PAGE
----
I have a confession:  I’m not a big fan of data.  It leaves too much information out, allows too many assumptions in, and it seems to provide more questions than answers.  But if there is one thing about data I have come to love, it’s that it is an awesome tool in the changing of minds.  Changing the minds of aquatic managers and professionals  – of parents and caregivers –  about the reasons people drown would change behavior.  Changing behavior would mean less drowning.  It’s a simple formula sure, but it’s true.  If you can change the way people think, you change them, and drowning is a people problem.

Last month in San Diego, I spoke at the National Drowning Prevention Symposium. In that talk, I used data to try and convince the crowd that the needle on drowning isn’t moving. It isn’t. In ten years there hasn’t been an appreciable change in the numbers.  There is a flat line in the data when it comes to drownings, and it is unacceptable to me and others, and we want to change that.

The needle isn't moving: drowning death data. (source: CDC)

One of the things that I believe we can change is the way lifeguards and parents pay attention to swimmers in the water.  The Guards and Parents (GAP) Attention Survey is designed to measure the times that people get distracted when watching swimmers in the water.  That’s it.  If collected properly, that data can be used to change things. Here’s how:

Imagine if we could know – definitively – that the lifeguards in say, LA County, are the least-distracted lifeguards on any beach in the U.S., or that the guards at a particular water park, on average, are more distracted from the water than their peers at a different park. If we had data that proved that single lifeguards at apartment pools get distracted more than two guards – or not; if we knew that parents are actually better (or worse) than certified guards at watching their children.  If we had this kind of data, we could identify best practices and then find out how the best got that way.  That would be data we could change minds with.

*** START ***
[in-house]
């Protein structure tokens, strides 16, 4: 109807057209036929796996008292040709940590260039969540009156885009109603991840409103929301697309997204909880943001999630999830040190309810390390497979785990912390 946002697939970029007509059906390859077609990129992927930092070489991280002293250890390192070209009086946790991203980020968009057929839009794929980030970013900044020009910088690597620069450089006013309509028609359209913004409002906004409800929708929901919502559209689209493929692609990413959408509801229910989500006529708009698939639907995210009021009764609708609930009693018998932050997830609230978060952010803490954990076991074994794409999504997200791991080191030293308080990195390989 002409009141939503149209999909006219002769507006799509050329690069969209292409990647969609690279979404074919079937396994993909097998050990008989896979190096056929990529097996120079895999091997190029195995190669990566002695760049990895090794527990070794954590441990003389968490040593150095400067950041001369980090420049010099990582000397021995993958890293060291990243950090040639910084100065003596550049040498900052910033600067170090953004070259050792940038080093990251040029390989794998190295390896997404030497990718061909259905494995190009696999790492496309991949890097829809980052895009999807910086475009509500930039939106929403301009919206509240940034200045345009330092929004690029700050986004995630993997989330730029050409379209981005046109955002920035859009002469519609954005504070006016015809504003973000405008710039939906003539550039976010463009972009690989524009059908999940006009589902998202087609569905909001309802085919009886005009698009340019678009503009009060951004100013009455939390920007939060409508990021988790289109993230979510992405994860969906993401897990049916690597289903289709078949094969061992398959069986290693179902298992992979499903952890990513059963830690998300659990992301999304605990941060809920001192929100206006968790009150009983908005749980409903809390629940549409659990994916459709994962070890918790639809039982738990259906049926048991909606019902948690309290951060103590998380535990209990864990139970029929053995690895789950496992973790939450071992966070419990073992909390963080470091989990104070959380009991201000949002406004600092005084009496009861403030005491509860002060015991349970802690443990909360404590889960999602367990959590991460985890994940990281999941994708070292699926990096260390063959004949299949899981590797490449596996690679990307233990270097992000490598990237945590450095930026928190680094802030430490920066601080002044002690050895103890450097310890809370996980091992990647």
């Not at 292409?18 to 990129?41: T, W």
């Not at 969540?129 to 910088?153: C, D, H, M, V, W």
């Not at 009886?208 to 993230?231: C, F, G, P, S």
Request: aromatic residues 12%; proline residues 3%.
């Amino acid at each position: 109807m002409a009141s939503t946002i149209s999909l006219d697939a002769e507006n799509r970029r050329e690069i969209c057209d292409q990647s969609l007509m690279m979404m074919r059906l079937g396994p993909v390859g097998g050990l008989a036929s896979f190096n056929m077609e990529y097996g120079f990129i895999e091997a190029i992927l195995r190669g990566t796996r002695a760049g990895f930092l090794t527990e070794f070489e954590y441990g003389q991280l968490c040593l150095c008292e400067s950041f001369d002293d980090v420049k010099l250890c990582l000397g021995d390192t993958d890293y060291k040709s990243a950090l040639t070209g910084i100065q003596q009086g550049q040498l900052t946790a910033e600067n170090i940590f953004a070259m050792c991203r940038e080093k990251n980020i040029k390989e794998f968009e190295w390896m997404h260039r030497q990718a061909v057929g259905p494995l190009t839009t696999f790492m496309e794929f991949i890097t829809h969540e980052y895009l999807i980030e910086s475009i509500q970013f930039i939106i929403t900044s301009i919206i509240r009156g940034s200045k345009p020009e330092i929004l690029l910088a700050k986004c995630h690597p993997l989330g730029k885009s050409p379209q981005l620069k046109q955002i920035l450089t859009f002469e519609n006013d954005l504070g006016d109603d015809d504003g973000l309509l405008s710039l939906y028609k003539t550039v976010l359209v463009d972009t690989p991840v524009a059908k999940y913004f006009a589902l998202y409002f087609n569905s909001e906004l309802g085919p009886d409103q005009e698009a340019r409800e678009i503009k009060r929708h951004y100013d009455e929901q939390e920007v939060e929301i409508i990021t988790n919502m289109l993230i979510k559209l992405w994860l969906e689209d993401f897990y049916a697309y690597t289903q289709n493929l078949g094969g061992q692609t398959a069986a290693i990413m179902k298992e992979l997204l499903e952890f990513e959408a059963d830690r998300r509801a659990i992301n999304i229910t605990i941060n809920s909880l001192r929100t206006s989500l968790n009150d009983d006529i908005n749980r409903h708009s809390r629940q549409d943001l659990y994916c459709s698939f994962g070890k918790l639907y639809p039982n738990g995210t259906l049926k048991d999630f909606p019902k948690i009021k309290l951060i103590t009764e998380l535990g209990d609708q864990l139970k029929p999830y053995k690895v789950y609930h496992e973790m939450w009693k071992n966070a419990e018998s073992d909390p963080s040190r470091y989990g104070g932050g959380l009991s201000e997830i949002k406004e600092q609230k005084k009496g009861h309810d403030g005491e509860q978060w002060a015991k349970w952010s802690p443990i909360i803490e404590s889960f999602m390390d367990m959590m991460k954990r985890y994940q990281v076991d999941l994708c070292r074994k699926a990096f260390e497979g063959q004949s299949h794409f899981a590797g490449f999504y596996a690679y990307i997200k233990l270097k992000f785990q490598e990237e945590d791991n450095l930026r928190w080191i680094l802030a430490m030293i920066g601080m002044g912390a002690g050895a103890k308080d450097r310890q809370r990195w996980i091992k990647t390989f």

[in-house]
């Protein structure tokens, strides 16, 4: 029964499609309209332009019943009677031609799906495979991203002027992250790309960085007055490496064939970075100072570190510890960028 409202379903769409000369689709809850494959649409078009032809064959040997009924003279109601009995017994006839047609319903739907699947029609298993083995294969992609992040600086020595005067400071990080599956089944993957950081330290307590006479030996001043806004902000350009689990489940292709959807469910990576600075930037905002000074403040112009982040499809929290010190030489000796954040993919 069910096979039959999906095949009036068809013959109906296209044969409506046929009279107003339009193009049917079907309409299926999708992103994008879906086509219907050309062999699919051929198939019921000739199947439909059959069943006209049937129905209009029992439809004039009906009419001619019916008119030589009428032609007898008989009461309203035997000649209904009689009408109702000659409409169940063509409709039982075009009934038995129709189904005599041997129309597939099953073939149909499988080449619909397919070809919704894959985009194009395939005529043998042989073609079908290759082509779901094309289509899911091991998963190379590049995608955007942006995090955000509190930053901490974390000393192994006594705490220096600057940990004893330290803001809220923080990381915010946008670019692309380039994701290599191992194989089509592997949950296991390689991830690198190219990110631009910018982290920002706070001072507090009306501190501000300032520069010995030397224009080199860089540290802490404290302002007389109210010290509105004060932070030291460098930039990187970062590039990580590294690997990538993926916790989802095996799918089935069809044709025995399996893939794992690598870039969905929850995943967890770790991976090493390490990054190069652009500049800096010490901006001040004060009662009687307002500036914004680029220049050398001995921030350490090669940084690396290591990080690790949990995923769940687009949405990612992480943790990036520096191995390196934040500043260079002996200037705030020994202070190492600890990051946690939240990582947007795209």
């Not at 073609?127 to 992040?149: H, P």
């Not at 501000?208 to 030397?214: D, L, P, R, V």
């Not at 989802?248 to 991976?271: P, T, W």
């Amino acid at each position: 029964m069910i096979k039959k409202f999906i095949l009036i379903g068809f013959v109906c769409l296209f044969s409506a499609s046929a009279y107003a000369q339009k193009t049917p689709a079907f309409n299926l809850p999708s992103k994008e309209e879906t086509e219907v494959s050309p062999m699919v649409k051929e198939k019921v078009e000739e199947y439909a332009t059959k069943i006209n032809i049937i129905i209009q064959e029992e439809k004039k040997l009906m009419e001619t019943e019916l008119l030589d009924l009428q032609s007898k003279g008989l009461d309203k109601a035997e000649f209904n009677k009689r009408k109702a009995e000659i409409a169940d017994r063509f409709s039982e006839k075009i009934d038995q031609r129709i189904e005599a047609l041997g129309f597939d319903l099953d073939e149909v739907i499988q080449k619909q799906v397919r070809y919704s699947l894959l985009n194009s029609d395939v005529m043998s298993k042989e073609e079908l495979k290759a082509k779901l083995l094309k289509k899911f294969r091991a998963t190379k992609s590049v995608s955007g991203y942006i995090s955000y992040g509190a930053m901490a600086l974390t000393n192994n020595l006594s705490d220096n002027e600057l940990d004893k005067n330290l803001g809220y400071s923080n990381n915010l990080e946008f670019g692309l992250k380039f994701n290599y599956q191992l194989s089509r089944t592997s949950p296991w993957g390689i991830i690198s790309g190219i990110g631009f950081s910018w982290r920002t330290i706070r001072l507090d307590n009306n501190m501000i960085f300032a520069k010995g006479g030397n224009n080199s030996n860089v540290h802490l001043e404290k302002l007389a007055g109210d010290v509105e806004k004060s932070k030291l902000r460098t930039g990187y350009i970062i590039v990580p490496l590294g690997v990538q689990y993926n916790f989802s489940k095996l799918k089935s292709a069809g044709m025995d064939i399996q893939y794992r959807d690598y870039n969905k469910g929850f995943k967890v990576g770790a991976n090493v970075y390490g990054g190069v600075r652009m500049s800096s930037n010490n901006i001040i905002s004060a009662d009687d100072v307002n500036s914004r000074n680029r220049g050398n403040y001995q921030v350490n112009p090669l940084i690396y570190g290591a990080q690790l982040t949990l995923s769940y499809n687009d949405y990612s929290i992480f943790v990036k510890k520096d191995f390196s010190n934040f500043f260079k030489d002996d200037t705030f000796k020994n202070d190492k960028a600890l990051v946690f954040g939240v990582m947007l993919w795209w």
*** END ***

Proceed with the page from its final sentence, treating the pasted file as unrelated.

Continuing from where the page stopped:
Who is the best at paying attention?

Why are they the better at it?

Tell everyone.

I believe if we can do those three things, we can move the needle.

Please help:

I’ve got this idea.  This website gets about a million visitors each year, and there are 8,000 interested people on the site’s Facebook fan page. That’s terrific, but what can we do with this?  Well, if you are interested enough in water safety to read this site, can I get you to volunteer to help with my survey?

Here is the plan (think Wile E. Coyote and a map): 

I’m building a survey:  one page, accessible by smartphone or tablet (or use the paper version and simply enter your results online).  The survey will list reasons for distractions and times, and also some basic demographic information about location and the guard or other caregiver you are observing.  There will be no interaction with the subjects – just simple observation. Here is what I need you to do:  during any ten minutes you want, as many times throughout the summer as you want,  watch a lifeguard watch the water  and record when and why they stop looking at the water, and for how long.  That’s it.


Volunteers will take a 5-10 minute online class that discusses the survey and how to conduct it, and will be asked to commit to at least two observations over the course of the survey (June – August).  There will be other guidelines developed prior to the launch of the survey, and observers must work with a partner.  It would be impossible for me to watch a lifeguard NOT watch the water without taking over his duties for him or her, so I can’t ask you to ignore the hazard created by the distractions you are watching.  These are things that can be worked out prior to the survey launch.  What I need to know first – in my best Jerry McGuire! – “Who’s coming with me?”

I need you to volunteer. C’mon – you’re going to the beach anyway, right?  You might as well save some lives while you’re there.




Disclaimer: The views and opinions expressed by the author are not necessarily those of the Department of Homeland Security or the U.S. Coast Guard. This survey is not endorsed by nor does it involve neither organization. 

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